I haven’t looked at the video explaining the rule, so perhaps I’m misinterpreting this post, but do I understand correctly that a flagship unit is a battleship that costs more than a normal one and is harder to sink than a normal one?  The reason I’m asking is that a “flagship” isn’t a type of vessel, it’s an administrative classification: it’s the ship aboard which a fleet commander or task force commander is located, and from which he exercises his command.  A flagship can be anything, though typically it’s a large vessel, and it can change during a battle.  At Midway, Admiral Jack Fletcher initially commanded his force from the carrier Yorktown, then transferred his flag to the cruiser Astoria when Yorktown was damaged; his counterpart, Admiral Nagumo, similarly transferred his flag from the carrier Akagi to the cruiser Nagara, if I remember correctly.

    The Flagships described in my video basically add a little game flavor and layer of strategy. The Flagship is just a fun unit which represents the “pride of your navy” - a battleship which has the highest morale, best armor and is harder to sink. These Flagships aren’t really meant to mimic history. (As is the case with a lot of standard AA rules!)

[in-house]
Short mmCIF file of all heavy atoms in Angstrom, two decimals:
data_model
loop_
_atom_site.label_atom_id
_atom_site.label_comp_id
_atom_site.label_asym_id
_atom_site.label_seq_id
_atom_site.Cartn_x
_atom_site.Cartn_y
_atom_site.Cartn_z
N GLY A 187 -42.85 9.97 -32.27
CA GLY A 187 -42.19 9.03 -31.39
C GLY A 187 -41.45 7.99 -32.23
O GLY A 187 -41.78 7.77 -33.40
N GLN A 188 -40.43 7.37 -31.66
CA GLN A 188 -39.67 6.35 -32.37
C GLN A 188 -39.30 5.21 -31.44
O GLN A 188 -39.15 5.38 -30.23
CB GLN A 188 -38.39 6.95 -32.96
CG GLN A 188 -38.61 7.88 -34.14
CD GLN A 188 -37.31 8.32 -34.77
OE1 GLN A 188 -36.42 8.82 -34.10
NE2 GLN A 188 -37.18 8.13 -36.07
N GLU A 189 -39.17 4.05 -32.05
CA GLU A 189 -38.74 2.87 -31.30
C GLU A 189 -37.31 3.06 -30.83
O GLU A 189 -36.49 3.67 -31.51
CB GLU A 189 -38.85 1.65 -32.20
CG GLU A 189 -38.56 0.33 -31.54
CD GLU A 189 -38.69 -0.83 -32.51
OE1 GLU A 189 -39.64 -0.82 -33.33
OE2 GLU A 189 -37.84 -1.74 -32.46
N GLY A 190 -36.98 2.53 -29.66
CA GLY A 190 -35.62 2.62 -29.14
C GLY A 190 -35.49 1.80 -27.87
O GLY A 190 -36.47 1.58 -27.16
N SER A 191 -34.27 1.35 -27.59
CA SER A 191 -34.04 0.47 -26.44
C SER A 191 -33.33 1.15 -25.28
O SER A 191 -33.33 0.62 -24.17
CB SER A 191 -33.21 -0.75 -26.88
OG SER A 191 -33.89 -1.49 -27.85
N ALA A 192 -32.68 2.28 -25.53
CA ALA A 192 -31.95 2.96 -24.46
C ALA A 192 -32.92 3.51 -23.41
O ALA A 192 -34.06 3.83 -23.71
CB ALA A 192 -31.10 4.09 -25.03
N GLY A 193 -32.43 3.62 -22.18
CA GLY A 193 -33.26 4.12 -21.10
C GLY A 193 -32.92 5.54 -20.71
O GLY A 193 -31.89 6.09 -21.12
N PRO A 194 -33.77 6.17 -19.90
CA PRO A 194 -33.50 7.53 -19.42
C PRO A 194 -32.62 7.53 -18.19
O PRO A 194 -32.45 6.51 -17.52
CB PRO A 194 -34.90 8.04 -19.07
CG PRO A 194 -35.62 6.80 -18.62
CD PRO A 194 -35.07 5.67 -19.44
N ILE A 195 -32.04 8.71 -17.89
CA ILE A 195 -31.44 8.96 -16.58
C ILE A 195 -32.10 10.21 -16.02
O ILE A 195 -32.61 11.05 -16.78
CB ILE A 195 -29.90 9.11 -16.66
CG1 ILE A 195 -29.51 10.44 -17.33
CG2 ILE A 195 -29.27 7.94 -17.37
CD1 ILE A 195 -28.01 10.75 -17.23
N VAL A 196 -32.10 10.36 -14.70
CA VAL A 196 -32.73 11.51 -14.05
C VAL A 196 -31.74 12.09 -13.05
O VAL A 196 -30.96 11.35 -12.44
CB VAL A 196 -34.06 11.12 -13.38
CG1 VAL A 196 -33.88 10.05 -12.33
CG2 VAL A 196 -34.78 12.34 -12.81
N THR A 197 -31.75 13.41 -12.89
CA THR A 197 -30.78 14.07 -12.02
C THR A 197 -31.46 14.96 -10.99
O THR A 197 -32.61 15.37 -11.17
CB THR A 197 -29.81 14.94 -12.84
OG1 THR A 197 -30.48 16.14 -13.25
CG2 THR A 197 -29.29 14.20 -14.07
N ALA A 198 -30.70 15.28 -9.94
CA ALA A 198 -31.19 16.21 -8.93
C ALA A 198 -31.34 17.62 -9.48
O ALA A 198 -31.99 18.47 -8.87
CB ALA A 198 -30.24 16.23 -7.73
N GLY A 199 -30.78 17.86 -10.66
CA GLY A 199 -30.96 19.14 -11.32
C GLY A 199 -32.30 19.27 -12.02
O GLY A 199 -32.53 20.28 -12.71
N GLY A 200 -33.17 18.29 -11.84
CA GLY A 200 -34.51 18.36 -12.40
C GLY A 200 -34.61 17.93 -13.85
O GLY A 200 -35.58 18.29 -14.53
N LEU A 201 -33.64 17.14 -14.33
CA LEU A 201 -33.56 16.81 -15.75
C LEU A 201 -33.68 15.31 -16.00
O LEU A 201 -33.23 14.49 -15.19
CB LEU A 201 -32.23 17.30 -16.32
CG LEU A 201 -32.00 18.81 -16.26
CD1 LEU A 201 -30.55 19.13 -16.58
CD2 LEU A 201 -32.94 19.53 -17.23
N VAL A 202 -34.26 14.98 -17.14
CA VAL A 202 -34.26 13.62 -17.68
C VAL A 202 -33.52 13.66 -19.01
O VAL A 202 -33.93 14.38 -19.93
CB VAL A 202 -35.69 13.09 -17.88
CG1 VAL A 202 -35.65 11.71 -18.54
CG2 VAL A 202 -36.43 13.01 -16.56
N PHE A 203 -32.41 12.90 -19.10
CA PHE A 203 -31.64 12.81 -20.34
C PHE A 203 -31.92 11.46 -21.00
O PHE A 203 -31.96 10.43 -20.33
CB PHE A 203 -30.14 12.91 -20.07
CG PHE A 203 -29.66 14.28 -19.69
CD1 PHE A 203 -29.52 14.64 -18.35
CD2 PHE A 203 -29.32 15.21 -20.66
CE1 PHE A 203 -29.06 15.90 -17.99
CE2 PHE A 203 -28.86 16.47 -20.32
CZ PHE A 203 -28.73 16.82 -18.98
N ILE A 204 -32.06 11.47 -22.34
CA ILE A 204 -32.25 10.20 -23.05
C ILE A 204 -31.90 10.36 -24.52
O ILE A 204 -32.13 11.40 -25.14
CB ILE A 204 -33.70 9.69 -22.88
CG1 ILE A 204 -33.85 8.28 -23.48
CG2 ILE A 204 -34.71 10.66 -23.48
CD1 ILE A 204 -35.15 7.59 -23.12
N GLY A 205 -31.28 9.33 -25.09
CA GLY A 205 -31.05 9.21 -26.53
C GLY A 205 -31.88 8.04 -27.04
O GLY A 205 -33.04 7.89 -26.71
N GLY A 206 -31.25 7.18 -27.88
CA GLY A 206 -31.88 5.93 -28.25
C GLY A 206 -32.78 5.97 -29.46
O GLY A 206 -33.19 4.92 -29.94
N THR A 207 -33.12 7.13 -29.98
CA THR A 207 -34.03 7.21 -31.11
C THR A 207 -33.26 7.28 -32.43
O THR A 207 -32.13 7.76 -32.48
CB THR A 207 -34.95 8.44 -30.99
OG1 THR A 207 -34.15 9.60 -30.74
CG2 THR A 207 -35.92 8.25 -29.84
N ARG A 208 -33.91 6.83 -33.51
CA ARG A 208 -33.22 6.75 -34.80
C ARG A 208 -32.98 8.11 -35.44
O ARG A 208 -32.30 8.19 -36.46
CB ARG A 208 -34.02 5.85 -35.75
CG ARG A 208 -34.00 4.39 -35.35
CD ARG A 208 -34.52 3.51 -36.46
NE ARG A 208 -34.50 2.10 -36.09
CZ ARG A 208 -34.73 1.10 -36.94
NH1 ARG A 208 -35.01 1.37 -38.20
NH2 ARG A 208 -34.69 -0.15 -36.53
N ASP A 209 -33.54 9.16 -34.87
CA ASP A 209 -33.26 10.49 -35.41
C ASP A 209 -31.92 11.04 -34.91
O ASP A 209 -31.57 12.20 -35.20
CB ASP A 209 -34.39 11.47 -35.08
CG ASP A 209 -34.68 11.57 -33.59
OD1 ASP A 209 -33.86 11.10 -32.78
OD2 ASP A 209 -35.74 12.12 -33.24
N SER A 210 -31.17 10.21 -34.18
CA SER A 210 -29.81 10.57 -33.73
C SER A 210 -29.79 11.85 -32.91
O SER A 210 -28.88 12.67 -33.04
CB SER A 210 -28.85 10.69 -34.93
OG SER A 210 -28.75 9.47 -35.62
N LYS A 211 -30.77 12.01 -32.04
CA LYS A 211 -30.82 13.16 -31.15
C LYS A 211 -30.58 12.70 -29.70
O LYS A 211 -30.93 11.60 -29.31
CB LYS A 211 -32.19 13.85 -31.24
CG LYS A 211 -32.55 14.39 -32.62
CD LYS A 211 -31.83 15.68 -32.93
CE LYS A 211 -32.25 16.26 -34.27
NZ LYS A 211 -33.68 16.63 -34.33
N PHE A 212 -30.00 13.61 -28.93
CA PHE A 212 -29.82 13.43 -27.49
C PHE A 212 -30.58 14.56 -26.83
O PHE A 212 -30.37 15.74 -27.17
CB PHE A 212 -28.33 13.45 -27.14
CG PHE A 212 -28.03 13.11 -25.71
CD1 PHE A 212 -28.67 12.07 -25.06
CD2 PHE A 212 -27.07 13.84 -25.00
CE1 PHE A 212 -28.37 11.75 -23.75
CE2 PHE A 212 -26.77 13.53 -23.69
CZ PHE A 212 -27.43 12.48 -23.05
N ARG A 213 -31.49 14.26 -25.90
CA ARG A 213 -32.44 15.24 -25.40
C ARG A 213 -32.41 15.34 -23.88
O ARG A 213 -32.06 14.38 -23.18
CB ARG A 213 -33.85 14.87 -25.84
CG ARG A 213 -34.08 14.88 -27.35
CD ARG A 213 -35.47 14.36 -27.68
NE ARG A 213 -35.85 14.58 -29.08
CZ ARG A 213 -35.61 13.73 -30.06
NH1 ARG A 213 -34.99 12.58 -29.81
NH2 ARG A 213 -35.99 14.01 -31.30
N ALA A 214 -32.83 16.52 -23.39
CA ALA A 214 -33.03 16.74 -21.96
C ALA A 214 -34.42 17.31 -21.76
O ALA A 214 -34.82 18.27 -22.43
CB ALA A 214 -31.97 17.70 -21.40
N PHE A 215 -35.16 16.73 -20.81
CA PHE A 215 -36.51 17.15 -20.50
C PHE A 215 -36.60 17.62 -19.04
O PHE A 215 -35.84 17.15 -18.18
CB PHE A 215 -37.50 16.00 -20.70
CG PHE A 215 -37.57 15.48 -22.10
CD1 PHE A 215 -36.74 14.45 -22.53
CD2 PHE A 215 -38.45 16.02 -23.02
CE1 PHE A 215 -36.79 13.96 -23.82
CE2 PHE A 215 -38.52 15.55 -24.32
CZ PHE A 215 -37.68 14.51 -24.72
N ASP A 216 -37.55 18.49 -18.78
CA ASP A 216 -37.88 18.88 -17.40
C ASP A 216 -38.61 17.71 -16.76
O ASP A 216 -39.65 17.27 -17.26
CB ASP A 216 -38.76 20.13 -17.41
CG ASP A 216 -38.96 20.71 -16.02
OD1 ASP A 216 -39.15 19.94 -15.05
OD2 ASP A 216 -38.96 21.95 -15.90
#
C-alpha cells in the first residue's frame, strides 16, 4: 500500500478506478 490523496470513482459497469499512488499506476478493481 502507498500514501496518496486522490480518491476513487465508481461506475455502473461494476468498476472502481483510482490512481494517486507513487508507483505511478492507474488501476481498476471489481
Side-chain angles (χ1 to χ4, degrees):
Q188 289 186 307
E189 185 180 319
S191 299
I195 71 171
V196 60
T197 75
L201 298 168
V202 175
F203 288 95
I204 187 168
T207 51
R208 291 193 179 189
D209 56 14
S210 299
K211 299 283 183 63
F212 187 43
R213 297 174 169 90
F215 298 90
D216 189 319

Video here:
    https://www.youtube.com/watch?v=jRrPnUvY8p4

  • 2021 '19 '18 '17 '16 '15 '14 Customizer '13 '12 '11 '10

    @Der:

    The Flagship is just a fun unit which represents the “pride of your navy” - a battleship which has the highest morale, best armor and is harder to sink.

    As a light-hearted comment, I have to say that if I was a sailor serving on a battleship with the best armor in the fleet and which is harder to sink than other vessels, this would certainly be a boost to my morale.  🙂  Though in fairness, the sailors of the Japanese superbattleships Yamato and Musashi, which served in turn as IJN fleet flagships, started getting restless over the years as their floating fortresses spent much of their their time sitting at anchor at Truk, waiting for Tokyo to commit them to battle.  (Part of the reason for Tokyo’s hesitance was that the two ships devoured prodigious quantities of fuel that Japan could ill-afford to waste, and part of the reason was that they were considered to be strategic weapons that were being held in reserve for a decisive battle.)